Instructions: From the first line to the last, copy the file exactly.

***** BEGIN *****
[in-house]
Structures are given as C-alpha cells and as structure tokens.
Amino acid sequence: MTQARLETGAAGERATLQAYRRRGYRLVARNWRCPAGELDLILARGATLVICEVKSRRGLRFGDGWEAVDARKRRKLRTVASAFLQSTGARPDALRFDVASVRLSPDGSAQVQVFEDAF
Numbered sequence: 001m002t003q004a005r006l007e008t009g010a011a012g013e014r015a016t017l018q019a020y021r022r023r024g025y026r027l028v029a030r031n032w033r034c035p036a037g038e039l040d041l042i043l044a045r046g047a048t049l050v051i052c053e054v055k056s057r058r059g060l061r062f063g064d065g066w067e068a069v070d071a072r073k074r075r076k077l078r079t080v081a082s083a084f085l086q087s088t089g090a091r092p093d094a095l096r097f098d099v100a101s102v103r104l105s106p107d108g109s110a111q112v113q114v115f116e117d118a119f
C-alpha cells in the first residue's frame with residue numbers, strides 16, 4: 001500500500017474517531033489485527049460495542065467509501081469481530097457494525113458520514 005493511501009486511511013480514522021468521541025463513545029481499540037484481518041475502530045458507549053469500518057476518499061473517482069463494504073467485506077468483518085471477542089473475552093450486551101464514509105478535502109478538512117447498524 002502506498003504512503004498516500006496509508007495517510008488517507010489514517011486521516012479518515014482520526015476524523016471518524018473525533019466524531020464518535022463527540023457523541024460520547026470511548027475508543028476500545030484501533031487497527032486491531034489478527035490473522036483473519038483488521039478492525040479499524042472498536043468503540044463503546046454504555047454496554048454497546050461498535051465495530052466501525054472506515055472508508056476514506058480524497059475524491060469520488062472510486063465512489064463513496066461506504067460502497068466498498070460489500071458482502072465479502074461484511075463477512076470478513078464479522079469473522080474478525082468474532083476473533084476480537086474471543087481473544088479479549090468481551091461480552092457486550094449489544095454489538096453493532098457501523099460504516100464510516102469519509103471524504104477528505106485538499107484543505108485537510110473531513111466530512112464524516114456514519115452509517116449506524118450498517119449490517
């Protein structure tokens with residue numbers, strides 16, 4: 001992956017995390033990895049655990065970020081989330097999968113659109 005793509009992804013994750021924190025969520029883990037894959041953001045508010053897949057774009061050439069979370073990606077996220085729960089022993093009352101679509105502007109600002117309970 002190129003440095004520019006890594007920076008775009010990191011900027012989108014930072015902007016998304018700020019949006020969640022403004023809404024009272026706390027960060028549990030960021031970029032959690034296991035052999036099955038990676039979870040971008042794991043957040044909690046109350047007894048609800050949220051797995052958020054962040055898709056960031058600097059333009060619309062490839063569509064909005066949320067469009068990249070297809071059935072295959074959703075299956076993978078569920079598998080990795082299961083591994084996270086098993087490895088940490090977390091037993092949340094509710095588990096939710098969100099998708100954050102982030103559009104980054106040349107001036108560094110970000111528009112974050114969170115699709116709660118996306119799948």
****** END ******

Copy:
[in-house]
Structures are given as C-alpha cells and as structure tokens.
Amino acid sequence: MTQARLETGAAGERATLQAYRRRGYRLVARNWRCPAGELDLILARGATLVICEVKSRRGLRFGDGWEAVDARKRRKLRTVASAFLQSTGARPDALRFDVASVRLSPDGSAQVQVFEDAF
Numbered sequence: 001m002t003q004a005r006l007e008t009g010a011a012g013e014r015a016t017l018q019a020y021r022r023r024g025y026r027l028v029a030r031n032w033r034c035p036a037g038e039l040d041l042i043l044a045r046g047a048t049l050v051i052c053e054v055k056s057r058r059g060l061r062f063g064d065g066w067e068a069v070d071a072r073k074r075r076k077l078r079t080v081a082s083a084f085l086q087s088t089g090a091r092p093d094a095l096r097f098d099v100a101s102v103r104l105s106p107d108g109s110a111q112v113q114v115f116e117d118a119f
C-alpha cells in the first residue's frame with residue numbers, strides 16, 4: 001500500500017474517531033489485527049460495542065467509501081469481530097457494525113458520514 005493511501009486511511013480514522021468521541025463513545029481499540037484481518041475502530045458507549053469500518057476518499061473517482069463494504073467485506077468483518085471477542089473475552093450486551101464514509105478535502109478538512117447498524 002502506498003504512503004498516500006496509508007495517510008488517507010489514517011486521516012479518515014482520526015476524523016471518524018473525533019466524531020464518535022463527540023457523541024460520547026470511548027475508543028476500545030484501533031487497527032486491531034489478527035490473522036483473519038483488521039478492525040479499524042472498536043468503540044463503546046454504555047454496554048454497546050461498535051465495530052466501525054472506515055472508508056476514506058480524497059475524491060469520488062472510486063465512489064463513496066461506504067460502497068466498498070460489500071458482502072465479502074461484511075463477512076470478513078464479522079469473522080474478525082468474532083476473533084476480537086474471543087481473544088479479549090468481551091461480552092457486550094449489544095454489538096453493532098457501523099460504516100464510516102469519509103471524504104477528505106485538499107484543505108485537510110473531513111466530512112464524516114456514519115452509517116449506524118450498517119449490517
């Protein structure tokens with residue numbers, strides 16, 4: 001992956017995390033990895049655990065970020081989330097999968113659109 005793509009992804013994750021924190025969520029883990037894959041953001045508010053897949057774009061050439069979370073990606077996220085729960089022993093009352101679509105502007109600002117309970 002190129003440095004520019006890594007920076008775009010990191011900027012989108014930072015902007016998304018700020019949006020969640022403004023809404024009272026706390027960060028549990030960021031970029032959690034296991035052999036099955038990676039979870040971008042794991043957040044909690046109350047007894048609800050949220051797995052958020054962040055898709056960031058600097059333009060619309062490839063569509064909005066949320067469009068990249070297809071059935072295959074959703075299956076993978078569920079598998080990795082299961083591994084996270086098993087490895088940490090977390091037993092949340094509710095588990096939710098969100099998708100954050102982030103559009104980054106040349107001036108560094110970000111528009112974050114969170115699709116709660118996306119799948």